A lot of hard work and investment have gone into the quality of South African wine. Getting away from the image of cheap and cheerful and positioning SA wine as a value product, worth paying a good price for, is still a focus of WOSA. By planting vineyards in interesting areas, introducing fingerprint winemaking and focusing on the personalities of winemakers, SA wine has become exciting. Such excitement gives a wonderful advantage when it comes to publicity and marketing. But perception is not only up to industry and consumer. Government might have a different perception about wine and focus on the effects of irresponsible consumption. SA wine is, however, committed to regulations ensuring the responsible and safe consumption of alcohol. Prohibition is not the answer, it just encourages illicit trade. (Read more)
Losing R400 million a week gives the industry no choice but to insist on a solution. Even in these challenging times, the way to efficiently deal with a problems is to first identify the real issue. The abuse and irresponsible use of alcohol are the reasons for the ban. While the industry is committed to responsible marketing of its product, to some degree, we still rely on the individual to take responsibility for his/her own actions. While policing through official channels aren’t successful and alcohol-related trauma stays part of our environment, perhaps we’ll have to take a more hands-on approach. Issues such as drinking and driving and youth drinking can be addressed through stricter rules – indicating the designated driver or means of transport before being served alcohol, insisting on identification to prevent under-age drinking, etc. But problems can only be solved if there is communication and commitment. Education is key.
While immediate plans might include a targeted approach to selling alcohol, such as limitations on selling time and volume restrictions to reduce the harm and mitigate hot spots, we need to rethink and readjust for the long term. If there is one positive result from the ban, it is that it has forced communication and innovation. We now need to ensure that we use it to properly position the industry, to insist on recognition, but also to take responsibility. We are tenacious and as we have survived many challenges in the past, we can adapt and innovate. There is consensus though, that the road ahead is uphill and long. We will have to work hard and we will have to work together. While the initial focus is on lifting the ban, long-term stability is of the essence.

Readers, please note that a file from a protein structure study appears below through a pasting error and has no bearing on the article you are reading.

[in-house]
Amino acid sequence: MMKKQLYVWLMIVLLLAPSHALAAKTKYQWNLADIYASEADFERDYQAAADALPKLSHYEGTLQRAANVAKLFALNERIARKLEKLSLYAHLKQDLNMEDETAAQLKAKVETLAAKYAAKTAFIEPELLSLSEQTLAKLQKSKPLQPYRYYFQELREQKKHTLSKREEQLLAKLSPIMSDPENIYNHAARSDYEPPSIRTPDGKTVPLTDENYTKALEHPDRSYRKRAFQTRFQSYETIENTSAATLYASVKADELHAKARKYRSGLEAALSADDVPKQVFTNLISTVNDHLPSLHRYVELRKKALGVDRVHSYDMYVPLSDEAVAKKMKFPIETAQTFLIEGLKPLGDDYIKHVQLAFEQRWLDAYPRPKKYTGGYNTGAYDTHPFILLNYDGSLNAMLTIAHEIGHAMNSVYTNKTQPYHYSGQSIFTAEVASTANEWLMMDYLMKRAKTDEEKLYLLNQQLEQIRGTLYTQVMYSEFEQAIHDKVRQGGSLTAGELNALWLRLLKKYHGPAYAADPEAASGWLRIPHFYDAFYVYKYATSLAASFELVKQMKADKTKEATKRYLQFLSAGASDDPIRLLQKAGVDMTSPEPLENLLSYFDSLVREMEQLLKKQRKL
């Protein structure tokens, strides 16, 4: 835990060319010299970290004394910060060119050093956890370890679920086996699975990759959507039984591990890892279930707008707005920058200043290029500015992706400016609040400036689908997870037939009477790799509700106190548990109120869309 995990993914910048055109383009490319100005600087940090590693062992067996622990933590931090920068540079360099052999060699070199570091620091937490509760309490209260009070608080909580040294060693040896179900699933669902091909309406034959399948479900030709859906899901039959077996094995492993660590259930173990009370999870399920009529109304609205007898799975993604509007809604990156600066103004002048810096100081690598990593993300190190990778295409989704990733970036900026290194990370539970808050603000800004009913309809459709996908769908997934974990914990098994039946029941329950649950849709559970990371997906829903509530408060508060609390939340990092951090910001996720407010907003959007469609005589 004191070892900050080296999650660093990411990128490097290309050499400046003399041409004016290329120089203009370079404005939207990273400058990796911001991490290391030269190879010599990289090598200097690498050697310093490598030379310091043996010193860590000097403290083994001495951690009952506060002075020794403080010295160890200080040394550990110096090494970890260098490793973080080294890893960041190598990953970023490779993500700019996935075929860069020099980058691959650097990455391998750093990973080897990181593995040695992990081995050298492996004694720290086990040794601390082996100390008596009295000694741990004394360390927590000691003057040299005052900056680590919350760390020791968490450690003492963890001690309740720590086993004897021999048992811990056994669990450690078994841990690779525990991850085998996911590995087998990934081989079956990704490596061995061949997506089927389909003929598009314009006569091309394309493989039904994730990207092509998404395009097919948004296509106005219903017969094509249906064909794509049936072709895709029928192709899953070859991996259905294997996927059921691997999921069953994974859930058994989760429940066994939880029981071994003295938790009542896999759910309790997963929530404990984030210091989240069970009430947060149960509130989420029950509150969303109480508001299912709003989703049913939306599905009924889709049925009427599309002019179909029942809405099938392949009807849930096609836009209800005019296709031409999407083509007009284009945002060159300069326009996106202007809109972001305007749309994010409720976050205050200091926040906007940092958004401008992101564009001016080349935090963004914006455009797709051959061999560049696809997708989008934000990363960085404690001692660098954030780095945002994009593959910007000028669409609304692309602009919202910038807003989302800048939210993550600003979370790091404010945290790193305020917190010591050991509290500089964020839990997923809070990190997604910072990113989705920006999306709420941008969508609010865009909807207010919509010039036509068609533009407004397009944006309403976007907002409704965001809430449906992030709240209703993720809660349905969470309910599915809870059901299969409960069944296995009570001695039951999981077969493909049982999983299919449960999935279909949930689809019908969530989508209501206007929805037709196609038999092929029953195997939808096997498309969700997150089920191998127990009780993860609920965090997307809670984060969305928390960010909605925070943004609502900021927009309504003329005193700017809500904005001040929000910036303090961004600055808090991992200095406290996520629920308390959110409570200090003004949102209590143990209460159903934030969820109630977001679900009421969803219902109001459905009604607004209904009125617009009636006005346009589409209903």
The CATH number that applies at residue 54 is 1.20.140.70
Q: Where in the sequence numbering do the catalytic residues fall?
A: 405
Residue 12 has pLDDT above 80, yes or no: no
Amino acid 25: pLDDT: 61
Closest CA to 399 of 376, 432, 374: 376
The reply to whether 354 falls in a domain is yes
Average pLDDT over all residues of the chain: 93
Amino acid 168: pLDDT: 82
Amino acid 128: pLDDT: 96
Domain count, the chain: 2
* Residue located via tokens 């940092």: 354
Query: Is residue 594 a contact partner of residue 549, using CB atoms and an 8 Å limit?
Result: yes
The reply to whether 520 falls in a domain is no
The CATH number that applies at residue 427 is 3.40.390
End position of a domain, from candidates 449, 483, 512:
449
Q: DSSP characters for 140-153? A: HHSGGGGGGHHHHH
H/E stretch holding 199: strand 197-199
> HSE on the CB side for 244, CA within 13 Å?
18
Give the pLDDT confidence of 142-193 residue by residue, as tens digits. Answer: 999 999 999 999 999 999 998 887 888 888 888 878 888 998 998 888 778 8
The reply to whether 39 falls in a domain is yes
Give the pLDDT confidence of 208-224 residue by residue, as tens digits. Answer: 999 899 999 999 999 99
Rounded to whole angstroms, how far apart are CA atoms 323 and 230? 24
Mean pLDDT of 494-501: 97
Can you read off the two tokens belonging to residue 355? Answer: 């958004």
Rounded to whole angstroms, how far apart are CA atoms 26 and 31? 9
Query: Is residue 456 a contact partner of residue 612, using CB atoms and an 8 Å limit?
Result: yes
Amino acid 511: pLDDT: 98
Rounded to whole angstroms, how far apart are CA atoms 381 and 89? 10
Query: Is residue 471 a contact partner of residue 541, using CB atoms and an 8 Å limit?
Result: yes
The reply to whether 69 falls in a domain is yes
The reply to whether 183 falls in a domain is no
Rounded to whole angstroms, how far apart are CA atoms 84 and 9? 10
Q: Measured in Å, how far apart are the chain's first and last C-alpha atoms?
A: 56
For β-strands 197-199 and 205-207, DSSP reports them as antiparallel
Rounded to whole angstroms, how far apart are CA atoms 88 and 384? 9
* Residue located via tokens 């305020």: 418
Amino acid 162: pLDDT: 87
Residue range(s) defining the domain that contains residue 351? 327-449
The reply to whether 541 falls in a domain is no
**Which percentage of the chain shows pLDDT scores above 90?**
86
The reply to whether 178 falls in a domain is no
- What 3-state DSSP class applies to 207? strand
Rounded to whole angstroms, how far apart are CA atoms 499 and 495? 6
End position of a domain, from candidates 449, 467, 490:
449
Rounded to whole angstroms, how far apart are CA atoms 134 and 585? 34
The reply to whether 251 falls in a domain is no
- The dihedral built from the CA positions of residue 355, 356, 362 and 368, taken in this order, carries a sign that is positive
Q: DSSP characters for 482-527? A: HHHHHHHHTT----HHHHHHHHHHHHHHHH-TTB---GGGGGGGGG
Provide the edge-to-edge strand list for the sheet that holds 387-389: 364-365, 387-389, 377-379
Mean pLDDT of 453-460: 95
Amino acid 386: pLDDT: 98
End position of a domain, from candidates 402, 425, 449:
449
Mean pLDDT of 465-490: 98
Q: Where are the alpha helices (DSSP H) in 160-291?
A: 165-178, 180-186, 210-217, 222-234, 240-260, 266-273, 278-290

The wine farmer on his/her own can’t make it. Wine and Tourism are great partners. They’re both suffering, but they will have to continue supporting each other. Government has to understand the importance of these industries, both from an economic contribution and humanitarian or socio-economic perspective. Political buy-in is essential to encourage responsible use and stimulate the economy.
Reflecting on the discussion, I feel humbled by the efforts and insight of industry leaders. No one can blame those in Wine and Tourism if they’re negative, but even though we all know it will not be easy, I believe there is a road ahead. Our industry can be fragmented at times and now is a time to support each other and to stand together. It should actually be what we choose to do anyway, but at the moment, there really is no choice.